There’s something else we need to do before this will work. CORS. By default Azure Functions restricts which domains can call a function, for security. This code is going to run on our localhost:8080 port, so we need to go add this to the CORS allowed list before we do anything else.

Navigate back to the Function App (not the actual function, the app) you created in Day 3 and find the “CORS” link from the “API” section of the left-hand menu. Add to list of Allowed Origins with the value: http://localhost:8080 similar to as shown below:

 

Remember to click Save to ensure this change takes effect.

Let’s test it out!

Make sure both index.html and client.js files are saved, then use this command-line command to build and run your application. If there are any compile errors then you’ll see them in the command line, otherwise, open a web browser to localhost:8080 and you should see your calling page with the test call ID pre-populated.

npx webpack-dev-server --entry ./client.js --output bundle.js --debug --devtool inline-source-map

If the “Connect” button is enabled (or becomes enabled after a few seconds) then it means that the page has successfully received an ACS access token from your Azure Function. You can see this happening if you look in the Network tab of Developer Tools.

Clicking Connect should then place an audio call to the ACS test service and you will hear a voice telling you to record a message, which is then played back to you. The page will use your default audio device as the speaker, so you’re not hearing anything, check to make sure it’s not playing on another device. You can also see the call state updating to reflect what’s happening with the call.

What’s the code doing?

Now that we have something working, let’s look at what the code is doing. The index.html file doesn’t have anything special in it, just the buttons and elements we need to control the call.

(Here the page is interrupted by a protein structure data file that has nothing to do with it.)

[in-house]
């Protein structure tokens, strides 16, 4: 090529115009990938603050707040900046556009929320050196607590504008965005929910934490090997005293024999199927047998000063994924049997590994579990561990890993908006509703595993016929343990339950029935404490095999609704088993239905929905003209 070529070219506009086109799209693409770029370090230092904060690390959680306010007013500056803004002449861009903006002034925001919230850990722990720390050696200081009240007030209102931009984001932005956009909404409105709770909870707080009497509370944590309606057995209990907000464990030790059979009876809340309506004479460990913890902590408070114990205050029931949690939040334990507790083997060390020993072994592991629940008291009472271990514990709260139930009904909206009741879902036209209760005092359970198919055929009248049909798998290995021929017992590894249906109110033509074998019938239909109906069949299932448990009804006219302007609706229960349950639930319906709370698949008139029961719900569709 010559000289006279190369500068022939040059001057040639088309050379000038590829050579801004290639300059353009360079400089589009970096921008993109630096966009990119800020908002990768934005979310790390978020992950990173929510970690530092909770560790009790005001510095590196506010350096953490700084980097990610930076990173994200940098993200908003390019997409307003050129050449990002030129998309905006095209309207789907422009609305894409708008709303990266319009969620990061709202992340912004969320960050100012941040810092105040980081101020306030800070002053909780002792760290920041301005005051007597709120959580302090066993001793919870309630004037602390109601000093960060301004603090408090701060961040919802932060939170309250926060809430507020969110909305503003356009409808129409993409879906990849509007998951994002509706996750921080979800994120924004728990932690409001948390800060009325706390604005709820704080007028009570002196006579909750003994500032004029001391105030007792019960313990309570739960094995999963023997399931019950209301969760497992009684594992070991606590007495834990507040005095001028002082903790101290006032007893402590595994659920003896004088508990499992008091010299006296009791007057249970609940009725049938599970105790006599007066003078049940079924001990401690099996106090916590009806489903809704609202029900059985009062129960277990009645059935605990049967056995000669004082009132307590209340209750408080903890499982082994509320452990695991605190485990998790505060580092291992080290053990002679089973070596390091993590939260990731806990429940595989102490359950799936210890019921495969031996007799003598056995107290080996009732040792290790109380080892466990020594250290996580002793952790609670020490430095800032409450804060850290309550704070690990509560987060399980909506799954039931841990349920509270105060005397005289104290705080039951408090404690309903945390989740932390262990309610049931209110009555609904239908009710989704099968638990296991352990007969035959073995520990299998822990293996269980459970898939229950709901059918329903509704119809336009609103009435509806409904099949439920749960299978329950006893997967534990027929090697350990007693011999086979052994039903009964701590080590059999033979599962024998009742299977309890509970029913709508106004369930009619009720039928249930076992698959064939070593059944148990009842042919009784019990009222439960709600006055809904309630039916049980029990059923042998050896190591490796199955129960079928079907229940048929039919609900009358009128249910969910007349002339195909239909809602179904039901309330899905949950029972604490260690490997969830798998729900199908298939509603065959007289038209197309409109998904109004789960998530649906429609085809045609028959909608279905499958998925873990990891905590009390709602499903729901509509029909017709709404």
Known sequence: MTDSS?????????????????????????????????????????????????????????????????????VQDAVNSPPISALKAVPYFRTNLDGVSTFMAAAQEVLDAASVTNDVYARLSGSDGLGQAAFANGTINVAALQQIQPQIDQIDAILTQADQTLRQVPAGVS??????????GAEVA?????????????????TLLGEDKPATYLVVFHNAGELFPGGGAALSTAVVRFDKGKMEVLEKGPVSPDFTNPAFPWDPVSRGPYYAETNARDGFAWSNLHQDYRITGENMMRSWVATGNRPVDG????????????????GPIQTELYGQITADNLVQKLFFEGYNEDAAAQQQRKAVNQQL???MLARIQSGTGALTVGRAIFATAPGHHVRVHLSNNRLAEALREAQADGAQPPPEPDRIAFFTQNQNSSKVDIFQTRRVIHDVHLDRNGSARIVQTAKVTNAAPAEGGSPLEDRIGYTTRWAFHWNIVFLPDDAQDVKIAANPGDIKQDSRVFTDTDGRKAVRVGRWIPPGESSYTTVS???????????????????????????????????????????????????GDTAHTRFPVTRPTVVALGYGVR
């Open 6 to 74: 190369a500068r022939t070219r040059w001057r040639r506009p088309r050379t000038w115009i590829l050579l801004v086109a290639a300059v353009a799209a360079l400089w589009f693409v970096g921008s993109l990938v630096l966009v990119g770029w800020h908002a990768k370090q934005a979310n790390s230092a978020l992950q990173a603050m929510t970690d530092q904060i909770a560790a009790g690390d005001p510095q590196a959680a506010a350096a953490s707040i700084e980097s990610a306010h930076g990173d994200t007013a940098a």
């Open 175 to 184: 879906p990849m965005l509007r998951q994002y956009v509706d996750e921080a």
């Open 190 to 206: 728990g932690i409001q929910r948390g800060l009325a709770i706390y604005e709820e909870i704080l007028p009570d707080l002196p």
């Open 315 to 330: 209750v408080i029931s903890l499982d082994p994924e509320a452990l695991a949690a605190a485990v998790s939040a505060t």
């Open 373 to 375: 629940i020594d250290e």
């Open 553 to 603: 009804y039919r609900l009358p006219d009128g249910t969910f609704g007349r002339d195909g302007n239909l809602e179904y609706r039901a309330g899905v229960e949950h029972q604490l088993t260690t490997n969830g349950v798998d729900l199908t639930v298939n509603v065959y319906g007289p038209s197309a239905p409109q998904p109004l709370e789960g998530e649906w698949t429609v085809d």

• Lines 17-22 are where the front-end code retrieves an access token from our Azure Function. If this doesn’t work correctly, nothing will work, so if you are having problems, make sure that the token is being received over and placed into the token variable. In particular, there’s a slightly messy “item1” property (see Day 3 for more information on this) which might get cleared up over time, so if that can’t be referenced check it hasn’t changed names.
  • The only other piece of setup that needs to happen before we can make a call is line 15, instantiating a new CallClient.
  • Lines 27-38 are the event handler for the Connect button. As you can see, actually making the call is really simple: it’s a single line (29) that takes as its parameter the destination of the call to make.
  • In the same way, hanging up a call is a single line of code (line 41)
  • Everything else is state management of the buttons or the connection state. There are a number of different events that you can subscribe to on the Call instance: in the code, we are subscribing to stateChanged but you can also subscribe to changes in the participant list, screen sharing becoming active etc etc. The full list of events and properties for the Call object are detailed in the Call Interface documentation.

Today we used ACS to make an outbound VoIP call using WebRTC! Links for all blog posts can be found at learnACS.dev. You can also subscribe to my YouTube channel for videos about ACS (and much more!).

Written by Tom Morgan

Tom is a Microsoft Teams Platform developer and Microsoft MVP who has been blogging for over a decade. Find out more.
Tom is currently writing a book: Building and Developing Apps & Bots for Microsoft Teams. Register your interest today and be the first to know when it's ready to read.